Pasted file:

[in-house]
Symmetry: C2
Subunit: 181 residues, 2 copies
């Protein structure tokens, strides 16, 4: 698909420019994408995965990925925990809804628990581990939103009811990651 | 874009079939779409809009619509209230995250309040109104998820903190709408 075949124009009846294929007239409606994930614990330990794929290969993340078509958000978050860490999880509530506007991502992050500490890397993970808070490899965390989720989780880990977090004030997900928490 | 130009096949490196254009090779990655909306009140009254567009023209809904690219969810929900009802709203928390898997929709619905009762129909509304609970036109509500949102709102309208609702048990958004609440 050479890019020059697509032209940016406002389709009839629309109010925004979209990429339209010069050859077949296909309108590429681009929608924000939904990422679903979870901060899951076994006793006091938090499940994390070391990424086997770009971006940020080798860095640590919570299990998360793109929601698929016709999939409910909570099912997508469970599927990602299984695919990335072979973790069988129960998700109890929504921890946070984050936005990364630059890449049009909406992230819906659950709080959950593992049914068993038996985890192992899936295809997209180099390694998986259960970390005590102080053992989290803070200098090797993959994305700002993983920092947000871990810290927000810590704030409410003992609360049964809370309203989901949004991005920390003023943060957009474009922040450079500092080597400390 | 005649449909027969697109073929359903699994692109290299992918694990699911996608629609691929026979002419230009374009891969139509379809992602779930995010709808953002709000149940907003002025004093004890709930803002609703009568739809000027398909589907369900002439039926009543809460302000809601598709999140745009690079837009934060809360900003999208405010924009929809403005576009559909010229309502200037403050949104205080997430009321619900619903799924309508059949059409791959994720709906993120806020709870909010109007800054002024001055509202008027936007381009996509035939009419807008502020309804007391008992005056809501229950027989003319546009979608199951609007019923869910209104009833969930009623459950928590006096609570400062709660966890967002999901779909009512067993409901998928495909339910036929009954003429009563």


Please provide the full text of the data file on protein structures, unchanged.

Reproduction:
[in-house]
Symmetry: C2
Subunit: 181 residues, 2 copies
């Protein structure tokens, strides 16, 4: 698909420019994408995965990925925990809804628990581990939103009811990651 | 874009079939779409809009619509209230995250309040109104998820903190709408 075949124009009846294929007239409606994930614990330990794929290969993340078509958000978050860490999880509530506007991502992050500490890397993970808070490899965390989720989780880990977090004030997900928490 | 130009096949490196254009090779990655909306009140009254567009023209809904690219969810929900009802709203928390898997929709619905009762129909509304609970036109509500949102709102309208609702048990958004609440 050479890019020059697509032209940016406002389709009839629309109010925004979209990429339209010069050859077949296909309108590429681009929608924000939904990422679903979870901060899951076994006793006091938090499940994390070391990424086997770009971006940020080798860095640590919570299990998360793109929601698929016709999939409910909570099912997508469970599927990602299984695919990335072979973790069988129960998700109890929504921890946070984050936005990364630059890449049009909406992230819906659950709080959950593992049914068993038996985890192992899936295809997209180099390694998986259960970390005590102080053992989290803070200098090797993959994305700002993983920092947000871990810290927000810590704030409410003992609360049964809370309203989901949004991005920390003023943060957009474009922040450079500092080597400390 | 005649449909027969697109073929359903699994692109290299992918694990699911996608629609691929026979002419230009374009891969139509379809992602779930995010709808953002709000149940907003002025004093004890709930803002609703009568739809000027398909589907369900002439039926009543809460302000809601598709999140745009690079837009934060809360900003999208405010924009929809403005576009559909010229309502200037403050949104205080997430009321619900619903799924309508059949059409791959994720709906993120806020709870909010109007800054002024001055509202008027936007381009996509035939009419807008502020309804007391008992005056809501229950027989003319546009979608199951609007019923869910209104009833969930009623459950928590006096609570400062709660966890967002999901779909009512067993409901998928495909339910036929009954003429009563």